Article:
The book received the 2012 Canadian Children’s Literature Award. Trilby Kent is Canadian, but has lived in the UK as an adult and is currently pursuing a doctorate in creative writing. She is an academic with degrees in history and social anthropology and has worked in investigative journalism and international development. Her family has a long history in journalism, both newspaper and television, and her father is the current Minister of Environment in Canada after a career in broadcast journalism. Her mother is South African and this novel grew out of a family pilgrimage to the Free State and family farms. Kent found that people living in that region still have a vivid memory of the war and continue to talk about it as a highly politicized and political subject, leading her to research the war and write this novel. Kent engaged in meticulous research and does not sanitize history for young readers. This book is her second novel for children, with her first being Medina Hill (2009), involving Gypsy Travelers in 1930’s London.
The author appears to have carefully worked to portray this time period authentically and to provide multiple views on these events through the eyes of a young girl, whose experiences have led her to question, rather than accept, societal views. Although authenticity does not appear to be an issue, representation is a concern. There has been a recent influx of novels and picture books set in different parts of Africa, many of which are written by white authors with ties to Africa, such as Out of the Shadows (Jason Wallace, 2011), Now is the Time for Running (Michael Williams, 2011), This Thing Called the Future (J.L. Powers, 2011), Burn My Heart (Beverley Naidoo, 2009), Promise the Night (MacCall, 2011), City Boy (Jan Michael, 2009), Beatrice’s Dream (Karen Lynn Williams, 2011), and The Herd Boy (Niki Daly, 2012). Many of these books are well-written, raising difficult issues of racism and filling a tremendous void in North America of children’s books set in African countries. However, the overrepresentation of white perspectives on life in African countries, many of which could be seen as colonial in their origin, does not provide a set of books that reflect a range of perspectives and experiences. The few books written by Indigenous Africans are primarily authors who fled war and genocide in their countries of origin and now live in Canada, the UK, or the U.S.–an important perspective but one that does not provide a range of views about contemporary life in African countries. Examples are The Bite of the Mango (Mariatu Karnara & Susan McClelland, 2008), Over a Thousand Hills, I Walk with You (Hanna Jansen, 2002), and Between Sisters (Adowa Badoe, 2010).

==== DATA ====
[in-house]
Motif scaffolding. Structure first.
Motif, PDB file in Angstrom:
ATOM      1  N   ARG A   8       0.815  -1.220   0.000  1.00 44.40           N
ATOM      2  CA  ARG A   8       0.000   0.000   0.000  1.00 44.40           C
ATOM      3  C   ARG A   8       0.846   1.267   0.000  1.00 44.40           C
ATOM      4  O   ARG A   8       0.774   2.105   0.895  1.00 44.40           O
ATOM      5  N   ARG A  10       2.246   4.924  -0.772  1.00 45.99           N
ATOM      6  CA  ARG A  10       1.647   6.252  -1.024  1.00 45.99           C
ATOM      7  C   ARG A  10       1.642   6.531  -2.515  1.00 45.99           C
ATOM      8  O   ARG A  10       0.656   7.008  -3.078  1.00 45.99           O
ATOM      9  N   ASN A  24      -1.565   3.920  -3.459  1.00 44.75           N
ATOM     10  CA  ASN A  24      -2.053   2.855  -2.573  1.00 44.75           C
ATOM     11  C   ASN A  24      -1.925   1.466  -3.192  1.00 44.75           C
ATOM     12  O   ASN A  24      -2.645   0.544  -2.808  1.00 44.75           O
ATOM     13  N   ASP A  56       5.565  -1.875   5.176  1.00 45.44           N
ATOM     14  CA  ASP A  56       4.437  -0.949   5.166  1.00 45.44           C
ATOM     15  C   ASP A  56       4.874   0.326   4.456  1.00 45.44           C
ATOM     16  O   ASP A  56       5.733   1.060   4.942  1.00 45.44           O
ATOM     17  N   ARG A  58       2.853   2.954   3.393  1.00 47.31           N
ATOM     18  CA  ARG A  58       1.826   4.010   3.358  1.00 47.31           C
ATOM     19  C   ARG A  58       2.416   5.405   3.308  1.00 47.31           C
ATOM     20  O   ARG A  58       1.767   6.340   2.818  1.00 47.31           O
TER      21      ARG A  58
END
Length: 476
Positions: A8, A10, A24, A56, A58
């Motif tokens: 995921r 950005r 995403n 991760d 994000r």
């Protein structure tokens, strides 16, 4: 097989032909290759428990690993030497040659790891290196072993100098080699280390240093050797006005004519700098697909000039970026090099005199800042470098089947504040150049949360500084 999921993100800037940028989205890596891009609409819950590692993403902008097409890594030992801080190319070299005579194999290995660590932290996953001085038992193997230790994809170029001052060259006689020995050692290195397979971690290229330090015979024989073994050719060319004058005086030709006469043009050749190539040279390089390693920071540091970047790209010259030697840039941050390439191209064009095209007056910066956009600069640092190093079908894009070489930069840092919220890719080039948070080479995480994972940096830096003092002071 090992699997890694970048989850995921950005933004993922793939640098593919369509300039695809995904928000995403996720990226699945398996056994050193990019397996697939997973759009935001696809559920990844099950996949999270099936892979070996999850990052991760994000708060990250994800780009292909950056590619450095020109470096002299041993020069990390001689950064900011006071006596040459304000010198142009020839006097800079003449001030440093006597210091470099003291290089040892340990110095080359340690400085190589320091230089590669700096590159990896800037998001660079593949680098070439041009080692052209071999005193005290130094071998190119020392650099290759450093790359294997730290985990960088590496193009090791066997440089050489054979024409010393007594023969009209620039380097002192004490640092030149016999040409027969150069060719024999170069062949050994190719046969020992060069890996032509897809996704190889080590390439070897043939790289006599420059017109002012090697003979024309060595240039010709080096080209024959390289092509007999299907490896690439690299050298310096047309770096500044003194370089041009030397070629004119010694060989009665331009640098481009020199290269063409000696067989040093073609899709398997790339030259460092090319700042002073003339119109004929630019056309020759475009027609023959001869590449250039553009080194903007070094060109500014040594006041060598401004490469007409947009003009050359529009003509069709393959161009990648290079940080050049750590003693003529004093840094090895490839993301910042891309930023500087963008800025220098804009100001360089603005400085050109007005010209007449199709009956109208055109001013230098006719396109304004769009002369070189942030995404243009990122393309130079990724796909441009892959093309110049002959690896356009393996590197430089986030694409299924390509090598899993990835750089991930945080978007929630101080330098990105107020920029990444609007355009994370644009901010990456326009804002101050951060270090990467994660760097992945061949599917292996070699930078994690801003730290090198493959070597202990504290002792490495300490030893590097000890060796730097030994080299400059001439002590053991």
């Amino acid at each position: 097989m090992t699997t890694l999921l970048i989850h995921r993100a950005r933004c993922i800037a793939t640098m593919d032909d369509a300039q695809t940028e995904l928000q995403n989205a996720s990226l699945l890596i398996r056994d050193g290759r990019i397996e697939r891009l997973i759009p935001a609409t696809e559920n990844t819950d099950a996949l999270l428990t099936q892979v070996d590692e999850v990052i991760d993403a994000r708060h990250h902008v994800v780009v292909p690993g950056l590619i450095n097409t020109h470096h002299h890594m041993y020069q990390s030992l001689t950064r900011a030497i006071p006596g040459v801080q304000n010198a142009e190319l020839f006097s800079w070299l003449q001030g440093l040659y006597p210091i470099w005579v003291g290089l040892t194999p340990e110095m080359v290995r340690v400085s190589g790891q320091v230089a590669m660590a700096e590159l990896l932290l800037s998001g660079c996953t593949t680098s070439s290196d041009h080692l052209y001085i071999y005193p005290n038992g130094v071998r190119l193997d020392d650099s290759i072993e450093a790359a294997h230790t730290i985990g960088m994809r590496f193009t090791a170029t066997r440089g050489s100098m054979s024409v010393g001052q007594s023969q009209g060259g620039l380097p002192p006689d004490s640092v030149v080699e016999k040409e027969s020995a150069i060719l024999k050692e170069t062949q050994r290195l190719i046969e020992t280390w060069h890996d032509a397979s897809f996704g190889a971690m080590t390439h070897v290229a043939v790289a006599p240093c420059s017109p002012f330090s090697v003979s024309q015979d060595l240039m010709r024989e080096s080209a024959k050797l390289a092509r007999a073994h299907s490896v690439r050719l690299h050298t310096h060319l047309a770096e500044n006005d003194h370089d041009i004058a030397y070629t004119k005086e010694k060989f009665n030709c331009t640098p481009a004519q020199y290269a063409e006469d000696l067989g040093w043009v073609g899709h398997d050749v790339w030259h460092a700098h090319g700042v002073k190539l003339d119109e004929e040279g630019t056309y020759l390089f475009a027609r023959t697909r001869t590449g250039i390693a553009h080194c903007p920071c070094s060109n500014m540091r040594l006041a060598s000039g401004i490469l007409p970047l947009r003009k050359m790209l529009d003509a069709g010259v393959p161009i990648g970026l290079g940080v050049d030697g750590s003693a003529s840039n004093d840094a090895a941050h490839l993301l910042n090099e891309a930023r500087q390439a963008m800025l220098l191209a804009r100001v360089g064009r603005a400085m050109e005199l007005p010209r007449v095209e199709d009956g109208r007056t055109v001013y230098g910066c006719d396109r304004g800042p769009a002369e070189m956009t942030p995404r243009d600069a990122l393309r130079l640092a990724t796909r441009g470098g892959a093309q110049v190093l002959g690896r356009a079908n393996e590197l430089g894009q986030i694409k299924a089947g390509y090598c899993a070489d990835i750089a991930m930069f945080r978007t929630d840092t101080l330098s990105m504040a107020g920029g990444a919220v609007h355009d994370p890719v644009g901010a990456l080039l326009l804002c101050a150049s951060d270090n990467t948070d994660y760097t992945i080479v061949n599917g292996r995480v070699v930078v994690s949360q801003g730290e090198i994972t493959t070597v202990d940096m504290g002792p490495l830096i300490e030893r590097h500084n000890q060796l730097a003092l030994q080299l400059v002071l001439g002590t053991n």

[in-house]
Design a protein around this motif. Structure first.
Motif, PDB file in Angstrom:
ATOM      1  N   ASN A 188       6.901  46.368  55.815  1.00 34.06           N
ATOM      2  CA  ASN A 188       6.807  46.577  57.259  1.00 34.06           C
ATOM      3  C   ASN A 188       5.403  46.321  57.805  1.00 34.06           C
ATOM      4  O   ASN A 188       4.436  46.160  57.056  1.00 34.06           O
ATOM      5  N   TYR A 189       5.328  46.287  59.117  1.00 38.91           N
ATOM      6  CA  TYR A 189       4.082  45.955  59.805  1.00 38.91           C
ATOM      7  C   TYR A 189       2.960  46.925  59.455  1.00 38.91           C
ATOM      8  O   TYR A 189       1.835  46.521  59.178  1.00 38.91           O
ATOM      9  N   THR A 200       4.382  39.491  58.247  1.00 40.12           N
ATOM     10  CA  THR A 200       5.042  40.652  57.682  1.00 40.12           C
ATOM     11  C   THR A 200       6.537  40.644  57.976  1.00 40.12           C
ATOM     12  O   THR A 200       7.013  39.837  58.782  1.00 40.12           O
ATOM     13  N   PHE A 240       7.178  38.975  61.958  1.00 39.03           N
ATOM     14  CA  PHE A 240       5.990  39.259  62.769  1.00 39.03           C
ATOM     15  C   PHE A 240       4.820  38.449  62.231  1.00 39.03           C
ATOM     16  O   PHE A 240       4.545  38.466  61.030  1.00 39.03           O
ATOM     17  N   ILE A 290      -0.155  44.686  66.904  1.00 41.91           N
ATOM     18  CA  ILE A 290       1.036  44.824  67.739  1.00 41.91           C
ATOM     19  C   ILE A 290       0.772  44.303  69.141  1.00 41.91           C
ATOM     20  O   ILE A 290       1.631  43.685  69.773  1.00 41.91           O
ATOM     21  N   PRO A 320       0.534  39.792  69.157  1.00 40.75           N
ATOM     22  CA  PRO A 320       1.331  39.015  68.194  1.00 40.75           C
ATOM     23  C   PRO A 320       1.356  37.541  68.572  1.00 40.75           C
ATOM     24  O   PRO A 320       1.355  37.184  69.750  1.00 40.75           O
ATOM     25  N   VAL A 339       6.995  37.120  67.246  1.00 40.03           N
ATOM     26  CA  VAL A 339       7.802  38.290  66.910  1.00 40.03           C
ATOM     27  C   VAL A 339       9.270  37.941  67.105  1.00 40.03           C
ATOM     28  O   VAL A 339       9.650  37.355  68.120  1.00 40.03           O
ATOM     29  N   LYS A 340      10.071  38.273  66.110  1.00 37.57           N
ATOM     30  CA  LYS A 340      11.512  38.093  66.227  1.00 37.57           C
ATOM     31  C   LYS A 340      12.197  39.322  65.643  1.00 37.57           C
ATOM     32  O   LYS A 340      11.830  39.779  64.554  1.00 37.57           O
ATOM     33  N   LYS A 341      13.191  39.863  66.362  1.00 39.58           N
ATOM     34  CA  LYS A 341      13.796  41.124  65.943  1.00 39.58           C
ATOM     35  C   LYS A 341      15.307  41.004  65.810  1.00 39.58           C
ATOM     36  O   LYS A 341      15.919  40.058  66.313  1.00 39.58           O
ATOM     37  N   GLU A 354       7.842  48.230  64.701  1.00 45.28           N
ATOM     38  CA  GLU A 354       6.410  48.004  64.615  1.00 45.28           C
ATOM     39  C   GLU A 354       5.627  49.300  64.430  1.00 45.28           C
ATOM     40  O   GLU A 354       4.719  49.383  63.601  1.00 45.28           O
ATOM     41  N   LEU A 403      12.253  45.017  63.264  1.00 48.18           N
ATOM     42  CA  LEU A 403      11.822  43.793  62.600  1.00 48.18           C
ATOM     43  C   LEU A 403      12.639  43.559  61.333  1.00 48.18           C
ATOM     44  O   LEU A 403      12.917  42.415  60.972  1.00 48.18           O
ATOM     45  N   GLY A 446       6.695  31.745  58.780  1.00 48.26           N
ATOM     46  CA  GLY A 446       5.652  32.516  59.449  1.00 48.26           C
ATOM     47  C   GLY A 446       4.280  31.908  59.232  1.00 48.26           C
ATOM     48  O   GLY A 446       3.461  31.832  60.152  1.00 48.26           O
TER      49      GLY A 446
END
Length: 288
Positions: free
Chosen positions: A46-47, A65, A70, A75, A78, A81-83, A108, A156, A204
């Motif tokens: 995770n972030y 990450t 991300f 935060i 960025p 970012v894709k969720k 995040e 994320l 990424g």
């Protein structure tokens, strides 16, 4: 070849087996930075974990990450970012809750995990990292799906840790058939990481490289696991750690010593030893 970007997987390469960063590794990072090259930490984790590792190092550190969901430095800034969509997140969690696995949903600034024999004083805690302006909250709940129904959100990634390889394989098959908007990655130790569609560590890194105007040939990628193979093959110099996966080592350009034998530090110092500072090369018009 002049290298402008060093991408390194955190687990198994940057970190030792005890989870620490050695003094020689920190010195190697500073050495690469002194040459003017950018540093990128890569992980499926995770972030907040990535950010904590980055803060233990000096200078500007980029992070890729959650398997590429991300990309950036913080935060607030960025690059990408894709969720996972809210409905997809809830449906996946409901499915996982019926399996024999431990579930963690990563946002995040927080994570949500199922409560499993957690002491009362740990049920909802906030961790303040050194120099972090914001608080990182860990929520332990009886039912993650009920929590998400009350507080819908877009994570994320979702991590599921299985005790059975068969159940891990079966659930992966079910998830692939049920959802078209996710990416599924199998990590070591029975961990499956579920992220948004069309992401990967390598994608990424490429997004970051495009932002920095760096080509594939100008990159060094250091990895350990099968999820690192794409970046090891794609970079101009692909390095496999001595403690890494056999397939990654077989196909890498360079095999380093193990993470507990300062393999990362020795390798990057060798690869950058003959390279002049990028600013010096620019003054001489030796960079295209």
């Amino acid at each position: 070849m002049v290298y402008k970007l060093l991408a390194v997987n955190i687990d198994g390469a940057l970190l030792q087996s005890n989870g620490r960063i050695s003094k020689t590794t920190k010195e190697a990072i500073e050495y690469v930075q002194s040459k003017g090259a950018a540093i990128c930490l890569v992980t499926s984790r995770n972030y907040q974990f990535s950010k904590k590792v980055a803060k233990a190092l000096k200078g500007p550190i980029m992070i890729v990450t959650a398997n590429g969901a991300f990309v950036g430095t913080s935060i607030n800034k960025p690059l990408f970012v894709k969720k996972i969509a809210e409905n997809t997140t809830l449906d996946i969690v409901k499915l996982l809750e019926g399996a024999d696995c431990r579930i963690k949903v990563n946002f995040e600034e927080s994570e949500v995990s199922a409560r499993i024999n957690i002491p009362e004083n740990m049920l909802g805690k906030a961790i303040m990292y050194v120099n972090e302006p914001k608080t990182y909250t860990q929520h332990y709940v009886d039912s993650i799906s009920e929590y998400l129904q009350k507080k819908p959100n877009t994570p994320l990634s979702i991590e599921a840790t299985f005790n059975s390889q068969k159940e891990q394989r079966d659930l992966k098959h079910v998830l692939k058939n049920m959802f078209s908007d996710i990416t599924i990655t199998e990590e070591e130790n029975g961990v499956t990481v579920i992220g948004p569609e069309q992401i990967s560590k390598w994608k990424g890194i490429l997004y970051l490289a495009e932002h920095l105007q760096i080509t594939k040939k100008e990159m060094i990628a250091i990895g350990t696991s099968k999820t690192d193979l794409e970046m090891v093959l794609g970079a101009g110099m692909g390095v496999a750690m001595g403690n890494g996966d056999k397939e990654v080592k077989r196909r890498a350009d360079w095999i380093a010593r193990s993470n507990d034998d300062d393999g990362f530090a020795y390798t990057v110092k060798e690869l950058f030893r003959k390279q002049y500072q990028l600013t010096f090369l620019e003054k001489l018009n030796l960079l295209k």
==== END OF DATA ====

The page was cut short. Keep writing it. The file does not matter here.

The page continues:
The paucity of books by Indigenous African authors on contemporary life creates serious issues of representation and the possibility of new stereotypes and misconceptions at a time when books about African cultures are finally entering the reading lives of children and adolescents. Until those books do become available in North American markets, educators will need to search out internet resources to add these perspectives to their classrooms.
Kathy G. Short, University of Arizona, Tucson, AZ